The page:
Here's an example, a friend of mine was recently sitting in a car at a stoplight waiting for the signal to get moving. Behind him came another driver traveling at twice the speed limit while messing with a phone. My friend looked in his rear-view and knew this person was not going to stop in time. He had nowhere safe to move to. So, as expected, soon came a short, loud screech from rubber sliding across pavement. This was of course, followed by an extreme slam and a jolt he'll never forget. Clearly, my friend had something to be seriously angry about. His actual reaction was something I'll never forget. 

The person who hit him was completely out of sorts, saying this kind of thing has never happened before. At this point in the story I expected to hear how my friend gave the other driver a heated lecture. There was nothing of the sort. He lent an understanding ear and stayed calm. He even gave the other driver a water bottle out of concern and good will. THAT... was art. While in pain and looking at the damage to the vehicles, Instead of adding to the suffering, my friend found a way to help calm it. He did this in the way he addressed the other driver. As far as I know, not one at the scene pulled out any paint brushes, sculpting tools or knitting needles. But the point is, there was art on the scene of an accident. My friend had to use an on-point, quickly pieced system of compassion and self-calming techniques.  

Metal FlowersMetal Flowers

The above is a manhole cover on a city street, a piece of art where there should only be utility.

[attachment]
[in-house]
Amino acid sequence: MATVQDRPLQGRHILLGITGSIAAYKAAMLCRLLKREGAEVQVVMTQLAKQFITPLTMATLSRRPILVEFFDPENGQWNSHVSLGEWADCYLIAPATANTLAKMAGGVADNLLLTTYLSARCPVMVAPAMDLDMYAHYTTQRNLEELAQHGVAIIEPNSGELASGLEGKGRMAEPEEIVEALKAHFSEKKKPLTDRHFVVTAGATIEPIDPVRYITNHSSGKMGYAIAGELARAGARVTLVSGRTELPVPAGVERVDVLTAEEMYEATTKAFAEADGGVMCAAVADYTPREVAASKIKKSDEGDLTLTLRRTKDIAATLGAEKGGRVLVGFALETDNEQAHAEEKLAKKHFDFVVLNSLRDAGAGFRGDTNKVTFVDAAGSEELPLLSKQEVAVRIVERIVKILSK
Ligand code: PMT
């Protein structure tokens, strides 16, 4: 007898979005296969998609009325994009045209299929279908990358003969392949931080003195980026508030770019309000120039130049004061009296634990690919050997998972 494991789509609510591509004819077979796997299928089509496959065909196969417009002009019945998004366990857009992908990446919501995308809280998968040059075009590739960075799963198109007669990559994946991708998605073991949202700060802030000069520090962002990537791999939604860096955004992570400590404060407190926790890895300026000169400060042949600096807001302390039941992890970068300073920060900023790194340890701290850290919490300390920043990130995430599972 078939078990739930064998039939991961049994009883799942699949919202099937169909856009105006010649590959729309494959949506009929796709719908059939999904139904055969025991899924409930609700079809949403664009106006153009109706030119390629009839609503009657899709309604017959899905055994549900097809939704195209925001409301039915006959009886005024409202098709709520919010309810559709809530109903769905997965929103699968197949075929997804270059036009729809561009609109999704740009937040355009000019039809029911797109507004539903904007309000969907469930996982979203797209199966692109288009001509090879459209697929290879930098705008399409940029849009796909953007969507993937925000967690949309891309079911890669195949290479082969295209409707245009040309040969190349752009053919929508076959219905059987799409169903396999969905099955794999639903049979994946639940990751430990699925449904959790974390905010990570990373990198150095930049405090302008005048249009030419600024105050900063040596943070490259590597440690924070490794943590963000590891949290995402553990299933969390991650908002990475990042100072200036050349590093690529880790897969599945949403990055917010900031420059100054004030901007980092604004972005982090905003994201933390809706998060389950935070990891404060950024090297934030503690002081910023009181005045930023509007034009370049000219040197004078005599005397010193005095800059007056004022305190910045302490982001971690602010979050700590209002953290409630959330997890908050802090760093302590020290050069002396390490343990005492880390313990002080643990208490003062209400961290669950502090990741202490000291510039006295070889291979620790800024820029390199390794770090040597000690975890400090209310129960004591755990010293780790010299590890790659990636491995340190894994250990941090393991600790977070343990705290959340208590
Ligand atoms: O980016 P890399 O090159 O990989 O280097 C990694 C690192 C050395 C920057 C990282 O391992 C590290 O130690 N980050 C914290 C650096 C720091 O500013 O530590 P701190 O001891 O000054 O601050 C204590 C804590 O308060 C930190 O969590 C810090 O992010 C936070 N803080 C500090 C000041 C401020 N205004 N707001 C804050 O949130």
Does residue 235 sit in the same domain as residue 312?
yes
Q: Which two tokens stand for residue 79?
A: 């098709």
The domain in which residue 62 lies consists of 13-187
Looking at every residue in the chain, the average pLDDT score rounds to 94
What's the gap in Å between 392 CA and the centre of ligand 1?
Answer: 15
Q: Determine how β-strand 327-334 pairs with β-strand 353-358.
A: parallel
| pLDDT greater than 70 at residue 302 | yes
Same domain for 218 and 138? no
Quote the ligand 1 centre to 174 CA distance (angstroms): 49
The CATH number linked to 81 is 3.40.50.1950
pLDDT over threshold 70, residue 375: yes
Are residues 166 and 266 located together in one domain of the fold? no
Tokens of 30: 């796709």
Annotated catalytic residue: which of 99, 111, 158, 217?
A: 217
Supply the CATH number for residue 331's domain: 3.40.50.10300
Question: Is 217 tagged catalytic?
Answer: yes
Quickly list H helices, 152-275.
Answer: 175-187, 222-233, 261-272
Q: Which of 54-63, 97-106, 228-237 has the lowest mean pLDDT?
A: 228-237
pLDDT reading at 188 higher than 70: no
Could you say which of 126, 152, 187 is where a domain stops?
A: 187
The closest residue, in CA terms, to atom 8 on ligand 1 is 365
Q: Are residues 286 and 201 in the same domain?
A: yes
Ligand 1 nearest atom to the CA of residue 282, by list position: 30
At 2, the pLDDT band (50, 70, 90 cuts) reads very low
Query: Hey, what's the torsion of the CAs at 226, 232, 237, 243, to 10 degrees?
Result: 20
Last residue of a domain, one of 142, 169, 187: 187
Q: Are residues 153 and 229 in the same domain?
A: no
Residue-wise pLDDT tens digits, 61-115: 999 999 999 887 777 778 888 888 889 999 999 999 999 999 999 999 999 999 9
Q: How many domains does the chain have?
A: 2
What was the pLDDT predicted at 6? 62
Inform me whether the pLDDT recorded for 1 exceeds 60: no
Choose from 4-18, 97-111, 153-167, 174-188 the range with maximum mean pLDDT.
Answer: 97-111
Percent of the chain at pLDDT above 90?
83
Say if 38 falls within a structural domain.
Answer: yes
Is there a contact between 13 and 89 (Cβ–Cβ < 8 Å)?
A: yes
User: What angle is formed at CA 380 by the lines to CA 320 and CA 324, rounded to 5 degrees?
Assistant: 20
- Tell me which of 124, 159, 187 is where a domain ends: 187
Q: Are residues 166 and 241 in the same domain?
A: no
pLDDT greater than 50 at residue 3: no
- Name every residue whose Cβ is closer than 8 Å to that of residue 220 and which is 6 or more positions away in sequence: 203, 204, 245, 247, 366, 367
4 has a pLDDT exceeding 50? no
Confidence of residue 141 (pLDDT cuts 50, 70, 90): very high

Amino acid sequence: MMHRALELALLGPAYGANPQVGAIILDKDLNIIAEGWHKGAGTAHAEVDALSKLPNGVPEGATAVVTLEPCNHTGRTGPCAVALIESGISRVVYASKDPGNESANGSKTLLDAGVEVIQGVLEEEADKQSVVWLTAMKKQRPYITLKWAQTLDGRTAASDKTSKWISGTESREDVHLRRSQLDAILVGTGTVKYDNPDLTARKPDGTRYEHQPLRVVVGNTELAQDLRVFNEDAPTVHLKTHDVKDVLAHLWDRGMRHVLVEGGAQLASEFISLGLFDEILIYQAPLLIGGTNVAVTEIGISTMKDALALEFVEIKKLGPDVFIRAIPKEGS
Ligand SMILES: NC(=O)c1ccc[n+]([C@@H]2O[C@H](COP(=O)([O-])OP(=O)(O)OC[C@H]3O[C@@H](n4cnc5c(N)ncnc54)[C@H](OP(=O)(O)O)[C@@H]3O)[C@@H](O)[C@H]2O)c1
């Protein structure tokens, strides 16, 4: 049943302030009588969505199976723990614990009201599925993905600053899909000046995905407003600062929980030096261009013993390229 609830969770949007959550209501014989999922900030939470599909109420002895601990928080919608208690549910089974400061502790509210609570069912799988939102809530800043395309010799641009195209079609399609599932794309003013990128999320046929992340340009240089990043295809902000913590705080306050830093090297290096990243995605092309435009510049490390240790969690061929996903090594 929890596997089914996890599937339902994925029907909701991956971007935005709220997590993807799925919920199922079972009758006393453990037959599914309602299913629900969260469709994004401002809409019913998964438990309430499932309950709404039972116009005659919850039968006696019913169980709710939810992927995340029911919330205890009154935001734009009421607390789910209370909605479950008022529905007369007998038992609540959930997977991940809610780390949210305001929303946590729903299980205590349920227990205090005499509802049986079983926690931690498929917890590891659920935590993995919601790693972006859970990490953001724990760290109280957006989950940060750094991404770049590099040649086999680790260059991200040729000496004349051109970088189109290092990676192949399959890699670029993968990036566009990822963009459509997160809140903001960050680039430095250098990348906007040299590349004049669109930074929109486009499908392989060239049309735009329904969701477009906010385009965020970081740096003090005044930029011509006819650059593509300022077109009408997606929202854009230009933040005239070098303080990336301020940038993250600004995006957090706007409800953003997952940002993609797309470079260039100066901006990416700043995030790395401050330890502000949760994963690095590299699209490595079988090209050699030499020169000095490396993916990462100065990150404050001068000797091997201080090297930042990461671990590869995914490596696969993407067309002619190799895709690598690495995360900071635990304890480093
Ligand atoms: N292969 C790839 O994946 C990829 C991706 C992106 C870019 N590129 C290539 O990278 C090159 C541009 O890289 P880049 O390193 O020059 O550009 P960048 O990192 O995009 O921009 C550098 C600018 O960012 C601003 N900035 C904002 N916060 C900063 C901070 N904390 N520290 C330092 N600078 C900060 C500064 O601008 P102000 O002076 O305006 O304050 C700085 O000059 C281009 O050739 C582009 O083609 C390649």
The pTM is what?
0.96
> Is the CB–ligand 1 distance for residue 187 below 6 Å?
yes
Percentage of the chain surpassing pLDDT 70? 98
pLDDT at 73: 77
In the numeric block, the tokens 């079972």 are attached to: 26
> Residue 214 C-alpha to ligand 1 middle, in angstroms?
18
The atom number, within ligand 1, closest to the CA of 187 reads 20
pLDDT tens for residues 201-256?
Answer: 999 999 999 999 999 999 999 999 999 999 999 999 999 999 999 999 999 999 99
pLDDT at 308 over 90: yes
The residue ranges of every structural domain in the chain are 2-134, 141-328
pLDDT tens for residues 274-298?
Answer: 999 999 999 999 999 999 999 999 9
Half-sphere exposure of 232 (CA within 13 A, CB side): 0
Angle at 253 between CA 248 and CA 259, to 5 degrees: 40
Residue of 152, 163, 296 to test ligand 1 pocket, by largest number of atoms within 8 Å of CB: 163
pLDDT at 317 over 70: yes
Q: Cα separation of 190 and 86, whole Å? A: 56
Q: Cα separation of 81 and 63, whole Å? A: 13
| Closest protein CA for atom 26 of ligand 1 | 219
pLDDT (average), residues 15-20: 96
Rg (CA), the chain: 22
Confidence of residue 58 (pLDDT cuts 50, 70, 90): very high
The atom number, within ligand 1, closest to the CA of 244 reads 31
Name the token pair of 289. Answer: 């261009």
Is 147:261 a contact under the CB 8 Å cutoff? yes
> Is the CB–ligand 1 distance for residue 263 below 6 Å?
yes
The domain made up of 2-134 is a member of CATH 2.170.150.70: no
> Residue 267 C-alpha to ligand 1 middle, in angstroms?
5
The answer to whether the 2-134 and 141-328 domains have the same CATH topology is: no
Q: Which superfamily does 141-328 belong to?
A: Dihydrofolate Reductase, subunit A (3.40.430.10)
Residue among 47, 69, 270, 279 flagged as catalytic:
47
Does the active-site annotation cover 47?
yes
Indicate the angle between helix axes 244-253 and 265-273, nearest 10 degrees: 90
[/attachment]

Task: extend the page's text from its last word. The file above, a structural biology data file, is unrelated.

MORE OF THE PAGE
The importance of art

A child’s environment is a great example of where art is needed. Adults need it too, but this is one easy highlight. For example, take a kid who's failing at becoming a fit in a school system. I'm using myself as an example here. Growing up, I did terribly in academics and physical education, but found solace in art class. No matter how bad my grades were in other classes, and they were bad, I found success during art period.

While failing at history reports and math exams, in art class I could create something complete, something compelling, a reminder that even in chaos I could find a moment of control. This is because art is done by the heart, not the book. This is why I have such a hard time hearing of so many schools cutting funding for art and music. Those last few children who don't fit the system can lose one last potential place to feel like a success. The children who do fit the system are losing an experience where they can let go of boundaries.